The last path, Path of Legends, might be the most fun and significant. Featuring an intertwining story involving the rare, restorative Herb Mystica, you’ll seek out a handful of huge rare Titan Pokémon. Portions of these wars of attrition are fought alongside your Academy friend Arven. This story path brought the most fun and intrigue for my money, especially given its useful reward of Koriadon/Miraidon transport upgrades.

Aside from the open-world gameplay and new story paths, the biggest addition in Scarlet/Violet is the new “Terastallizing” feature. Serving as a more creative version of Sword/Shield’s Dynamaxing, fighters can gain an upper hand and shift the battle dynamic with this cool new crystallization power. Tapping into a rechargeable “Tera Orb”, players can choose to power up their monster and enhance their elemental type. This is represented by a hypnotically shining Tera Jewel on their heads. What makes this really interesting, however, is that Terastallized Pokémon can sometimes take the form of a different type – shuffling the deck with regard to elemental advantages. Along with the factors of Abilities and Berries, craftable TMs, and Breeding (via Picnics), Terastallizing adds a bit more challenge and strategy for those who seek it, giving battle matchups an added dimension.

Finally, thrilling multiplayer battles and useful trading make their return. For the most part they prove fun, rewarding, and fairly simple to execute. But additionally, Gamefreak incorporates a system of local and online co-op this time. It’s great to see that, at least in a sense, cooperative multiplayer is being widely supported, though it can be a tad cumbersome as it relies on link codes for matchups. Players can opt to invite up to three friends to roam around Paldea untethered with them in real-time, go exploring together, have picnics for buffs, and score version-exclusive Pokémon (assuming players have different versions).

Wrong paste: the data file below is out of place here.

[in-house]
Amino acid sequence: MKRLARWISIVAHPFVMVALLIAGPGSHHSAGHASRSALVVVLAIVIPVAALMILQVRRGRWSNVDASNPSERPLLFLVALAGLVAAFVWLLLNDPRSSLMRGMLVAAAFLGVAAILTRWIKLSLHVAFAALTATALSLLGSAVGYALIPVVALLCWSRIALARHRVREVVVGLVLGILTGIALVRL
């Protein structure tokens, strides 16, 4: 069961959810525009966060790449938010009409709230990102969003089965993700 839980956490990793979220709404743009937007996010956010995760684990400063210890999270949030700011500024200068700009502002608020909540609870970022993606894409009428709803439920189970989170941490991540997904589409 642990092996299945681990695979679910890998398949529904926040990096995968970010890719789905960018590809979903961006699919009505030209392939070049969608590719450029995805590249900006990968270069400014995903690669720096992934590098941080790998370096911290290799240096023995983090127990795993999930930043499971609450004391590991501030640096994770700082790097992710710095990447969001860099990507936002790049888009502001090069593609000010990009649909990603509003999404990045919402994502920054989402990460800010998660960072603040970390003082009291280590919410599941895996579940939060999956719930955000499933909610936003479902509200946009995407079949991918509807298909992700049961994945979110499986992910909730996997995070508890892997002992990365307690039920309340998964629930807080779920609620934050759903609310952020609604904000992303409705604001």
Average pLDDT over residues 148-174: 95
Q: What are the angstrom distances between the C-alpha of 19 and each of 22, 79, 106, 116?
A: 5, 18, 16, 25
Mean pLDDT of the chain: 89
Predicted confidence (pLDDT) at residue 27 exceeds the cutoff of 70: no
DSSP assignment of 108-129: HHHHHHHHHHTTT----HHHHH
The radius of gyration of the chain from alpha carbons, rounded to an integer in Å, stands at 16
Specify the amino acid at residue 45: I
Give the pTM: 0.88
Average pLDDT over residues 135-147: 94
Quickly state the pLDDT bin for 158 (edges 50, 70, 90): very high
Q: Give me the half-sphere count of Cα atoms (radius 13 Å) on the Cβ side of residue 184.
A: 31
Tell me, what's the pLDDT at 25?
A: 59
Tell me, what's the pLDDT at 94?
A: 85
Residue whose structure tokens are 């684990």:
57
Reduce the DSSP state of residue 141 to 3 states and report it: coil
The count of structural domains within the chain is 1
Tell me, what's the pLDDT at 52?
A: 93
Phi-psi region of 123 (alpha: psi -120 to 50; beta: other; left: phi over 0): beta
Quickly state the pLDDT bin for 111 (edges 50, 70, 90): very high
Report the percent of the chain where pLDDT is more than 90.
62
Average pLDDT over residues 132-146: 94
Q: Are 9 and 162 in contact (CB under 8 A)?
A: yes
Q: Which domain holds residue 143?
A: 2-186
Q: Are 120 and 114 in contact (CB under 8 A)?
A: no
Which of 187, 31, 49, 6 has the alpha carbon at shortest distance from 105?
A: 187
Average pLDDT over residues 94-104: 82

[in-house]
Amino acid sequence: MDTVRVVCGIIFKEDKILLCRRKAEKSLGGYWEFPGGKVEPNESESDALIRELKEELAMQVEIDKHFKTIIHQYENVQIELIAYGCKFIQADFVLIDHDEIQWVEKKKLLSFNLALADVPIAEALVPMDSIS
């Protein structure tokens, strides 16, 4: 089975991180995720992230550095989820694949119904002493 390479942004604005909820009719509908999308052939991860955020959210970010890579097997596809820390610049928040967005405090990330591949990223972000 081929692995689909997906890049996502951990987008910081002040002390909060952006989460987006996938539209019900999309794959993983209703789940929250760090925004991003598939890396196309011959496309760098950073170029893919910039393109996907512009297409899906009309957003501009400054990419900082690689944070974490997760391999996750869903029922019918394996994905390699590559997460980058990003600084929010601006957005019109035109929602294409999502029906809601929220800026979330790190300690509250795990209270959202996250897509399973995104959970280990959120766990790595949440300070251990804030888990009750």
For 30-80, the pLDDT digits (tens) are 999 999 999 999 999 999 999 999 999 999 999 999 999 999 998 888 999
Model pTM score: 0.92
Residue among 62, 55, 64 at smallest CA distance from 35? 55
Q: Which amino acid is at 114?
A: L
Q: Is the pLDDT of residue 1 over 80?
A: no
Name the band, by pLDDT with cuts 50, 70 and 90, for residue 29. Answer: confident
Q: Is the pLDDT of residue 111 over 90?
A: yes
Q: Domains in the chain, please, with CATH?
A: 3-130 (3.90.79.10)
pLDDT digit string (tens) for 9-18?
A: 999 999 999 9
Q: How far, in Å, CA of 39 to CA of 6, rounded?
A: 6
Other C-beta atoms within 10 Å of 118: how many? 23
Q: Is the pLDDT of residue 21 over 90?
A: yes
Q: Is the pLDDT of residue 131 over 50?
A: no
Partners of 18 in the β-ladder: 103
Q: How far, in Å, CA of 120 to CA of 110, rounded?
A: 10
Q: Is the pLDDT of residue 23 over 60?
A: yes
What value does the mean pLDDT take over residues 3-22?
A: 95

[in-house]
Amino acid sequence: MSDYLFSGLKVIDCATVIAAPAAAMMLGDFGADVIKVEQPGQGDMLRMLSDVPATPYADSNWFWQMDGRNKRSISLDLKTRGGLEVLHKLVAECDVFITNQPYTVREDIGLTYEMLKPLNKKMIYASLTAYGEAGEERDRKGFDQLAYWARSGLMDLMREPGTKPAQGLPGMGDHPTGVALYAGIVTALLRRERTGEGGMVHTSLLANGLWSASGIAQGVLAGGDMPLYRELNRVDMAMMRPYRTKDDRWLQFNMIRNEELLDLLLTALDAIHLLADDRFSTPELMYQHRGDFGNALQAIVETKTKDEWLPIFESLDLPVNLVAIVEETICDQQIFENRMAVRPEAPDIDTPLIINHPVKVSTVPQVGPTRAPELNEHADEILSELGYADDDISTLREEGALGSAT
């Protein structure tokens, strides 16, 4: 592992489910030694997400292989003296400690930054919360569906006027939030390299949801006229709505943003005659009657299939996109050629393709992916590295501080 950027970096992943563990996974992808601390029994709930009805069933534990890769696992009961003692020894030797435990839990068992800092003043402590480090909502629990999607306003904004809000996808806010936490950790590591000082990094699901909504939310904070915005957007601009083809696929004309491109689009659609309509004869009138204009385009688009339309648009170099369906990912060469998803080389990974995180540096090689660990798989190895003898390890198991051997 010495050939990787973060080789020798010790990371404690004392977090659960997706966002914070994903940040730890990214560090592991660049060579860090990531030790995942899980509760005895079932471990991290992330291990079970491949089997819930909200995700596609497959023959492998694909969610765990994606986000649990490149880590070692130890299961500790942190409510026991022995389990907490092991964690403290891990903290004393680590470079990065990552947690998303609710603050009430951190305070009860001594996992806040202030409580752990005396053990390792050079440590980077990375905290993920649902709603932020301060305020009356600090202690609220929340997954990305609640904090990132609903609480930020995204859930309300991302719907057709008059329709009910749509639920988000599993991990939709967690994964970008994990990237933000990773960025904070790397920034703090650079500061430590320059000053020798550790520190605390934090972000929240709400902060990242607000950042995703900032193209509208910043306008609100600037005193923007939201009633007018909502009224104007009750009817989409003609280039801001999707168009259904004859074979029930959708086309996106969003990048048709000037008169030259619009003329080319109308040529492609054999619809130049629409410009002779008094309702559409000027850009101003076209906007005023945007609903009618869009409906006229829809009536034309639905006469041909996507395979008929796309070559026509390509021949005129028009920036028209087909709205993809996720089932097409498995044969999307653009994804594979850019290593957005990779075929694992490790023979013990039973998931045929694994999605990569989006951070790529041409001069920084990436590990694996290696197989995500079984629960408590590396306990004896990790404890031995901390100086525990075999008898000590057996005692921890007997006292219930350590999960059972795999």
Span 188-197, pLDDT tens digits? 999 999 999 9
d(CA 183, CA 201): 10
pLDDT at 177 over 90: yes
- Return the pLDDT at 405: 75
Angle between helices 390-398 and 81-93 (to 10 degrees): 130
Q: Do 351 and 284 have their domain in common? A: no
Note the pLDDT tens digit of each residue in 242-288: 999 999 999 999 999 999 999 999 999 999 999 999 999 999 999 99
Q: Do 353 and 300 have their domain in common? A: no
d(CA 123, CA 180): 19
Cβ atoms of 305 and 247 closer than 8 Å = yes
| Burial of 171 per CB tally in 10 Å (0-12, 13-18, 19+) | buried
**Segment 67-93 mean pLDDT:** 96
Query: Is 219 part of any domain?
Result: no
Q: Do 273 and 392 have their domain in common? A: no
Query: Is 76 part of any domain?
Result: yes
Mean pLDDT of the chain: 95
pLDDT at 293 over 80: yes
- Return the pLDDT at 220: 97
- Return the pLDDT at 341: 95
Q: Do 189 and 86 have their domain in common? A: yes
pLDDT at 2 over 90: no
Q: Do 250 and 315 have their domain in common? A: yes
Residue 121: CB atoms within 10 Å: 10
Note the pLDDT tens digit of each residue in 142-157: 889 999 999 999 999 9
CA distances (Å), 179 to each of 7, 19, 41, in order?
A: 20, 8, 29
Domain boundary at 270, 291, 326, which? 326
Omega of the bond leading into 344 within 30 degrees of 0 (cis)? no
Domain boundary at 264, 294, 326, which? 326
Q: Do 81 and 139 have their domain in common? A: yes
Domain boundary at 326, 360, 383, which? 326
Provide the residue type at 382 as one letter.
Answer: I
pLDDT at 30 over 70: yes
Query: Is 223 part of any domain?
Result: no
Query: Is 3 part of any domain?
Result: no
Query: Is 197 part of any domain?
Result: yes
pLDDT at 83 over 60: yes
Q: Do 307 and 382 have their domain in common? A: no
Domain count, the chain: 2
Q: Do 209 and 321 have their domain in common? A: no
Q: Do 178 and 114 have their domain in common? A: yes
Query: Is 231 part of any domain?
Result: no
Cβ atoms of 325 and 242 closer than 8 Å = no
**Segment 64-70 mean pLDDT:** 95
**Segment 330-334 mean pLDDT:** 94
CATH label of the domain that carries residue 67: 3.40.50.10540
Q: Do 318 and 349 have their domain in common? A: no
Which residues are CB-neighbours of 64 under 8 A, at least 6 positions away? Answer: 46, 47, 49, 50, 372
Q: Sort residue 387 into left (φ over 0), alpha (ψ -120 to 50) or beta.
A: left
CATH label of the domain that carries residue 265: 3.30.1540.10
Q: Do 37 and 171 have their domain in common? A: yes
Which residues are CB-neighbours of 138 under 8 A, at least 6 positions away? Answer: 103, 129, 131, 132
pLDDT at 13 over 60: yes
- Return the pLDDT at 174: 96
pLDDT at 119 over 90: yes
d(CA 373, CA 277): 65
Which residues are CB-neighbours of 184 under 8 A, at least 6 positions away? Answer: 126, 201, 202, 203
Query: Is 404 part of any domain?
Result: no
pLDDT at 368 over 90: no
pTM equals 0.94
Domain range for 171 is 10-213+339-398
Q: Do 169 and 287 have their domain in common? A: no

The most notable feature on this front is the game’s version of multiplayer raids, where players can take on powerful Terastallized Pokémon. These vary wildly in difficulty, represented by an illustrated star level. It should be said that, while fun and thankfully numerous, this is unfortunately the bulk of the game’s truly cooperative gameplay. Most of the multiplayer experience is far more passive, as players will have to battle Pokémon and achieve most tasks separately despite occupying the same environment online.

This was a tough one to analyze and review, as I’ve scarcely played a game so simultaneously gripping and so crudely crafted technologically. From a pure content standpoint, Scarlet/Violet mostly satisfies, and rises above performance blemishes – thanks mostly to the fun exploration and rewarding progression. With its balance of nostalgic/familiar gameplay, new features like Tera Raids, and a full open-world system, this is a delightful Poke-epic that should entice newer, younger fans and old school vets alike. 

Even if the game sees some major fan-requested patches, it’s hard to see this one ever shining like a Tera Jewel, but at least the potential for improvement is there. For the time being, Scarlet/Violet is an enjoyable RPG with a titan of squandered potential. Now we just need a mainline Pokémon game that fuses the polish and charm of the early generations while running with the open-world depth of this one.

This review is based on a digital copy of Pokémon Violet for the NS

Read more about our Review Methodology here

More Articles



Source link

Leave a Comment